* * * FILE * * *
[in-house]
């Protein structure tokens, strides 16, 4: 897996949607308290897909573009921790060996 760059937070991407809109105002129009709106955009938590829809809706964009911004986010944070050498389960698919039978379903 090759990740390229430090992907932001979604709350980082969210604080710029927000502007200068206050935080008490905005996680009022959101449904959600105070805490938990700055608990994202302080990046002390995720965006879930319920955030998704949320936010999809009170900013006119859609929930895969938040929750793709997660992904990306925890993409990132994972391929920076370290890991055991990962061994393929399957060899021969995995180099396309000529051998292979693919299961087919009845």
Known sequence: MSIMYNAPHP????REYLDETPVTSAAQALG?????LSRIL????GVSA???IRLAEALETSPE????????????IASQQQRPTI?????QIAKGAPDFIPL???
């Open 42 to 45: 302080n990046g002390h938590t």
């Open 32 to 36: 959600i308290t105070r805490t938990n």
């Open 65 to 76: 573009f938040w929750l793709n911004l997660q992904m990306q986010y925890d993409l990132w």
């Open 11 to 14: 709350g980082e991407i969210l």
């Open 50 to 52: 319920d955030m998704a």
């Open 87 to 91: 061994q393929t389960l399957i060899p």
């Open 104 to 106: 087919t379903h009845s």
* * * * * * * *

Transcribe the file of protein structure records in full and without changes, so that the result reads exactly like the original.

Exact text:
[in-house]
């Protein structure tokens, strides 16, 4: 897996949607308290897909573009921790060996 760059937070991407809109105002129009709106955009938590829809809706964009911004986010944070050498389960698919039978379903 090759990740390229430090992907932001979604709350980082969210604080710029927000502007200068206050935080008490905005996680009022959101449904959600105070805490938990700055608990994202302080990046002390995720965006879930319920955030998704949320936010999809009170900013006119859609929930895969938040929750793709997660992904990306925890993409990132994972391929920076370290890991055991990962061994393929399957060899021969995995180099396309000529051998292979693919299961087919009845």
Known sequence: MSIMYNAPHP????REYLDETPVTSAAQALG?????LSRIL????GVSA???IRLAEALETSPE????????????IASQQQRPTI?????QIAKGAPDFIPL???
């Open 42 to 45: 302080n990046g002390h938590t």
């Open 32 to 36: 959600i308290t105070r805490t938990n």
């Open 65 to 76: 573009f938040w929750l793709n911004l997660q992904m990306q986010y925890d993409l990132w």
């Open 11 to 14: 709350g980082e991407i969210l």
């Open 50 to 52: 319920d955030m998704a």
């Open 87 to 91: 061994q393929t389960l399957i060899p």
């Open 104 to 106: 087919t379903h009845s």